Furthermore, having some near family members who have had severe drug problems, many drug users know how to cheat the tests and can name the appropriate prescription drugs they are allegedly taking in order to mask the fact that they're actually taking illegal drugs. As a result, drug tests are much less effective than many in the law-abiding world believe they are.
Often, with mandatory drug tests, any positive is an automatic verdict of guilty, without any follow-up or recourse.
As someone who has never used an illegal drug, I'm irritated enough with the written tests that I've had to take in the past when seeking employment. Because I don't admit to marijuana use (since that's actually the truth), I have been denied for jobs from several employers. They assume I'm being dishonest since "everybody has done it at some point."
At a previous employer, the HR people wanted to institute a written test for all new applicants to a position in my department to save money during the hiring process. Since I was doing the hiring, I negotiated with HR that we not use the test if I failed it. They had known me long enough that they didn't have any concerns about my character. I failed the test spectacularly since I told the truth and did not admit to any illegal drug use which was expected for my demographic. When I was first hired for the entry-level position, they used a battery of personality and intelligence tests and a 30 minute interview with a psychotherapist to determine if there were any issues. She asked me about illegal drug use and I told her the truth. She believed me because, based upon the information she had about my personality, background and core beliefs, it made sense to her that my statements would be true.
Getting back to the original issue, there must be a compelling public safety issue for mandatory drug testing, along with an appropriate follow-up in the event of a positive result from the initial test.
Otherwise, there needs to be probable cause to initiate a drug test. Simply wanting a job is not probably cause.
Educate me. What part of Florida's Constitution does it violate?
I call malarkey on "people who want to serve the public". Most of these workers just want a pay check. They don't give 2 cents about "serving the public". (not that there is anything wrong with that)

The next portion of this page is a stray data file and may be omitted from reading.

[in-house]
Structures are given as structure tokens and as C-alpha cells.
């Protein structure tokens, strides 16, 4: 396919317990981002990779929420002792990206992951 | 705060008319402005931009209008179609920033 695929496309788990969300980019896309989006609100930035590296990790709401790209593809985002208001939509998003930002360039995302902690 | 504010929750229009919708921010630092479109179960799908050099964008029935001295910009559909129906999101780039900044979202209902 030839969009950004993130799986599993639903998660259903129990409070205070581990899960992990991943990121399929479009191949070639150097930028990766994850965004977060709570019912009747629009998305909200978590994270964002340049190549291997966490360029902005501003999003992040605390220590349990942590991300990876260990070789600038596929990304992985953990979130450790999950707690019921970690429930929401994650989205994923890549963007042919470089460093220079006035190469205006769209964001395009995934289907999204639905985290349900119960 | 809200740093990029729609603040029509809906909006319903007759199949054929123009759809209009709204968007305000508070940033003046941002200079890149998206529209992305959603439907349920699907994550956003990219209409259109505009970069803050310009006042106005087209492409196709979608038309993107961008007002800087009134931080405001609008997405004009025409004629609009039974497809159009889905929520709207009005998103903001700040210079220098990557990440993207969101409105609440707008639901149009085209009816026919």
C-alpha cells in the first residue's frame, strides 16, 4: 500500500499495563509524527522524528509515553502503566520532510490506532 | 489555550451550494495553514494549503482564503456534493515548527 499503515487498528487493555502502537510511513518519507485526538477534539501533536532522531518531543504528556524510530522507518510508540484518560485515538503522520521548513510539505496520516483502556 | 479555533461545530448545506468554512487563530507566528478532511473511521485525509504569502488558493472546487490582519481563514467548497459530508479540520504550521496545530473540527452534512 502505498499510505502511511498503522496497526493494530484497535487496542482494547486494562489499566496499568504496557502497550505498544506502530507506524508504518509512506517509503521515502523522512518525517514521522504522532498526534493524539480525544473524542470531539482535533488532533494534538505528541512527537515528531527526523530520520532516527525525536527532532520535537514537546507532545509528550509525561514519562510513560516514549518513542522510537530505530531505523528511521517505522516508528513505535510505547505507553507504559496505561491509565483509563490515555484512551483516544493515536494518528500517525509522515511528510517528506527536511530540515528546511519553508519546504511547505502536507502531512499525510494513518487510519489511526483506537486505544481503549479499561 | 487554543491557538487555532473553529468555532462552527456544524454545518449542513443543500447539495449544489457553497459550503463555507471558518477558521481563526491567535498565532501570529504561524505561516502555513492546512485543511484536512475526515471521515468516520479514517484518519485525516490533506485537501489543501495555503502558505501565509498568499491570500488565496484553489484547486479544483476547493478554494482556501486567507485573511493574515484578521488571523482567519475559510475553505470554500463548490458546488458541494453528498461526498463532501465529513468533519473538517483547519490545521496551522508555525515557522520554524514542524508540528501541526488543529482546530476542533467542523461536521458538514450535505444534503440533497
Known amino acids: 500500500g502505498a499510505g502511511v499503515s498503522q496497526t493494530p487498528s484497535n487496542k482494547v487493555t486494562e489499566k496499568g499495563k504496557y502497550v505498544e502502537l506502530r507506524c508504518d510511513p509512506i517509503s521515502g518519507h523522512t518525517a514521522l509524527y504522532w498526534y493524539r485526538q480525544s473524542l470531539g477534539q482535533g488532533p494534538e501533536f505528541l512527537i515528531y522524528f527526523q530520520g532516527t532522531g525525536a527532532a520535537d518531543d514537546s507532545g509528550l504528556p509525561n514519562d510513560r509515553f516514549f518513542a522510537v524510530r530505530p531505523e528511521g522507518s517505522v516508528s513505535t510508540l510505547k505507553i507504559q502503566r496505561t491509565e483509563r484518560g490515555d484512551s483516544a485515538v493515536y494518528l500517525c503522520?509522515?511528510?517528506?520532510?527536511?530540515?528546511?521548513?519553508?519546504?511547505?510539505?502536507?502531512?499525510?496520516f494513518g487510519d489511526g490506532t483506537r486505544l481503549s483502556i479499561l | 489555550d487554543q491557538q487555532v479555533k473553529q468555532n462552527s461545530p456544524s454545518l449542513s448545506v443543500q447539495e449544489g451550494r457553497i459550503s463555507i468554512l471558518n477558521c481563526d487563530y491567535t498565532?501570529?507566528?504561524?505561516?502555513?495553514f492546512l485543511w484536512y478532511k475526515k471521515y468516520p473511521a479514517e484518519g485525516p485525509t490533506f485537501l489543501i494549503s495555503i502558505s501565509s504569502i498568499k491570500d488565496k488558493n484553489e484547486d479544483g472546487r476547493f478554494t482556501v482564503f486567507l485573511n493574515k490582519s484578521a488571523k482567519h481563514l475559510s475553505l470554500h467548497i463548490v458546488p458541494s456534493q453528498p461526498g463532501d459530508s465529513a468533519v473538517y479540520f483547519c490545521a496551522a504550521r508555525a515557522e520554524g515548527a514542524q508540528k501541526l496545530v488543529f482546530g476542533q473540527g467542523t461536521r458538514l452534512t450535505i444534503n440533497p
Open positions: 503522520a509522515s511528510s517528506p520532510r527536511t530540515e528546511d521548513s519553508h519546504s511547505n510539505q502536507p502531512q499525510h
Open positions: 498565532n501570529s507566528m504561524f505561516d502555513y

Article I, Section 12.
That's true. There are still some state employees who want to serve the public. Even if they aren't civic minded, their jobs still require them to do so.
Try driving a tractor trailer and not taking a drug test every two years and about three or four random one a year too. You will be doing another job. Read about the teachers and other government workers in our state who are picked up for DWI's and the others who are send home from work because of drugs or alcohol. If government can mandate others to take drug test a few times a year, I feel government employees should take them as well. I didn't vote for Scott but I'm all for him on this one, I didn't vote for anyone for governor, poor on both sides.
In what way does this violate that section? I've read and and re-read it. I don't see how drug testing for a job violates that section. No one is requiring the person to take a drug test. They are free to not take the drug test.
This problem generally arises in scab states.
There are two generally used drug tests one much more expensive than the other. The cheap one gives many more false positives. The cheap test is usually used when there is no labor contract.
The ACLU is suing on behalf of the American Federation of State, County and Municipal Employees (AFSCME), Council 79.
Paul3144, just because the ACLU says it doesn't make it so. Why don't you tell us in your own words how a drug test, that someone is not required to take, violates the Florida Constitution?